An overwhelming number of individuals are chronically deficient in Vitamin D, and in winter our levels of this “sunshine vitamin” tend to drop even further. This is concerning because Vitamin D levels relate to such a wide number of illnesses and heath parameters. The main role of Vitamin D in the body is to regulate levels of calcium and phosphorus with respect to building and repairing bone and is strongly associated with bone health. However, low levels of Vitamin D are also associated with the occurrence of many health problems worldwide, including cancers, cardiovascular disease, immune deficiency, mental illness and cognitive decline. Vitamin D is synthesized in the skin after UVB exposure, further metabolized in the liver and converted to its active form in the kidney. Because Vitamin D is not commonly found in most foods, it may be tempting to spend more time in the sun to increase Vitamin D levels, but this has not been found to be reliable. Low levels of Vitamin D are found in all populations and in all climates, including those experiencing bright sunlight most of the year, as well as in individuals who avoid sun exposure and those who use sunscreens. Unfortunately, the UVB rays that trigger Vitamin D synthesis are also related to increased risk of actinic keratoses, squamous cell carcinoma, and basal cell carcinoma. The good news is that epidemiologic population studies in the United States, Europe and Canada have demonstrated that supplementing with even 1000-2000 IU of Vitamin D daily can significantly lower risk of malignancy and other health problems. The safest suggestion is to always use a high-quality SPF like Tizo and Eclipse to protect against skin cancer and photoaging, and to see your doctor to determine your personal Vitamin D levels and consult regarding any additional Vitamin D supplement recommendations.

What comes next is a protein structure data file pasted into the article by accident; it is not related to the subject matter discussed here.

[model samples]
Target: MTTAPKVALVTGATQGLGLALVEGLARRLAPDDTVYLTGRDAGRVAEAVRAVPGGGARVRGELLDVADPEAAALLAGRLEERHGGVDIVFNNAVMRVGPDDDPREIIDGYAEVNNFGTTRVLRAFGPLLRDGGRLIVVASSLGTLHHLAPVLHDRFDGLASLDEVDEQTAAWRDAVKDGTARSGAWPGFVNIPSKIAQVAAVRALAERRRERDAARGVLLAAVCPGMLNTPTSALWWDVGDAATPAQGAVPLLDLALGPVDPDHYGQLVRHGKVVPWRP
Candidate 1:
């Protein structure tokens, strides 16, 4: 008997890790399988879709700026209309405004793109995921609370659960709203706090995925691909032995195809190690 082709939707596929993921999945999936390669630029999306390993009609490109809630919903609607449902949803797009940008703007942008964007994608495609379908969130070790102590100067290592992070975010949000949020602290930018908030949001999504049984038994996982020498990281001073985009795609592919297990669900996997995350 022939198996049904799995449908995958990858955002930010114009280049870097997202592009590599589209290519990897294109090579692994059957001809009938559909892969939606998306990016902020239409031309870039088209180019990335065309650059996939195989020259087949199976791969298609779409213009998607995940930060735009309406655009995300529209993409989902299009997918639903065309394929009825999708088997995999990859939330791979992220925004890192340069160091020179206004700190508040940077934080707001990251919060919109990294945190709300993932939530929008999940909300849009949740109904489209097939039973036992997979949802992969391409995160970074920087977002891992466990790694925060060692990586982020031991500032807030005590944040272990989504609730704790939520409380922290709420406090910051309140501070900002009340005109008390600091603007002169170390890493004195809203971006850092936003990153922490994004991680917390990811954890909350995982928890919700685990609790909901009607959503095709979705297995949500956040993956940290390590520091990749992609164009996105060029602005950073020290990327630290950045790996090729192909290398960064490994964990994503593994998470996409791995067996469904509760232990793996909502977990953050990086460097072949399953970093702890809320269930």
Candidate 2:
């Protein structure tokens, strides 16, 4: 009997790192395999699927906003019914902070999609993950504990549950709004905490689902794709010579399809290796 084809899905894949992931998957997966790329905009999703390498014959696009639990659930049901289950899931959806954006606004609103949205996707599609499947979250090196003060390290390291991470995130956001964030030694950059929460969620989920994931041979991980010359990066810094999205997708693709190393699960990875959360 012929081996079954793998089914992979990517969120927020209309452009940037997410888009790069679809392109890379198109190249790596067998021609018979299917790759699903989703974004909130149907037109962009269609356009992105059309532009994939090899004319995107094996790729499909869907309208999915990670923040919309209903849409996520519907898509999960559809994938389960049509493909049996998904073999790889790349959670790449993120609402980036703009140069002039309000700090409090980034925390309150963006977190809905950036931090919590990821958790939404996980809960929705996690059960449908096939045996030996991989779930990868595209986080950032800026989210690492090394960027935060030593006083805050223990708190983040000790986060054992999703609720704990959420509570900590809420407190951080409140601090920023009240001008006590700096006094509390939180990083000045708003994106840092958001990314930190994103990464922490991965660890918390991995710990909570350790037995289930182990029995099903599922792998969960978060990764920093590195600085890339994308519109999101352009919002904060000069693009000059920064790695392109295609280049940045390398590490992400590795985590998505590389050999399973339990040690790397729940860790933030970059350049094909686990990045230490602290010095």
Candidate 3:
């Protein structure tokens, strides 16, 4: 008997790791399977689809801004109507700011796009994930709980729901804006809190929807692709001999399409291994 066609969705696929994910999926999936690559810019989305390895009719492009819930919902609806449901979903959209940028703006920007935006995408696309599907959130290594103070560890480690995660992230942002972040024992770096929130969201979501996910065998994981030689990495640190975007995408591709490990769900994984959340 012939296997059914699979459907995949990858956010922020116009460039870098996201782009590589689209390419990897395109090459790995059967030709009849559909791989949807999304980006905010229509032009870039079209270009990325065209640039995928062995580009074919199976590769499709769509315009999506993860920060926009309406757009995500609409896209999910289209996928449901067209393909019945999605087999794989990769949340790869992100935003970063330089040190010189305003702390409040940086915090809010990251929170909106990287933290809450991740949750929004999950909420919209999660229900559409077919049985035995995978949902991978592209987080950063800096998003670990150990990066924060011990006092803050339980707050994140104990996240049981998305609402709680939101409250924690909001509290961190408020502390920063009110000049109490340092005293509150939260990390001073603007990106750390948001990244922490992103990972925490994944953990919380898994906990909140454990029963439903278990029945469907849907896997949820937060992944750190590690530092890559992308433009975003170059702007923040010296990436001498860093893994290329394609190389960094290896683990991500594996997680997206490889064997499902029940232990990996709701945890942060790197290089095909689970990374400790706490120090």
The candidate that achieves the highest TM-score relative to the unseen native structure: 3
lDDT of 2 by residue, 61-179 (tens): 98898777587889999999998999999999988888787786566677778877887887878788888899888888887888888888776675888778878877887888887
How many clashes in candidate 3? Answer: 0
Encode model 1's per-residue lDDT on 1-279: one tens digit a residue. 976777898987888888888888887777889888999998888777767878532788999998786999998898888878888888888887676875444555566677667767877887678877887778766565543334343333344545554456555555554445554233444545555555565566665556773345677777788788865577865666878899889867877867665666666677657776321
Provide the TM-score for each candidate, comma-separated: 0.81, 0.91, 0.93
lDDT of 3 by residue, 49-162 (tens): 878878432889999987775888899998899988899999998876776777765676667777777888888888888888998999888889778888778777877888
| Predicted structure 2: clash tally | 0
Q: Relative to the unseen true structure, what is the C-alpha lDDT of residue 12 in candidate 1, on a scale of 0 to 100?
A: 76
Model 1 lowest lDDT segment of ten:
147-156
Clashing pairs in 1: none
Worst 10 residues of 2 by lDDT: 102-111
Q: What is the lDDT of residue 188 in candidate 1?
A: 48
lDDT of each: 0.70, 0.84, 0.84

Vitamin D is an essential vitamin required by the body for the absorption of calcium, bone development, immune functioning, and alleviation of inflammation. A deficiency of Vitamin D can lead to rickets, a weakened immune system, increased cancer risk, poor hair growth, and osteomalacia. Excess vitamin D can cause the body to absorb too much calcium, leading to increased risk of heart disease and kidney stones.
Vitamin D is oil soluble, which means you need to eat fat to absorb it. Foods high in vitamin D include fish, mushrooms exposed to sunlight, fortified milk, fortified milk substitutes, fortified tofu, fortified yogurt, fortified breakfast cereals, fortified orange juice, pork chops, and eggs.
In addition to foods, Vitamin D is also naturally made by your body when you expose your skin to the sun and is called the sunshine vitamin. Depending on where you live, 20 minutes of sun exposure a day is enough to meet your vitamin D requirement.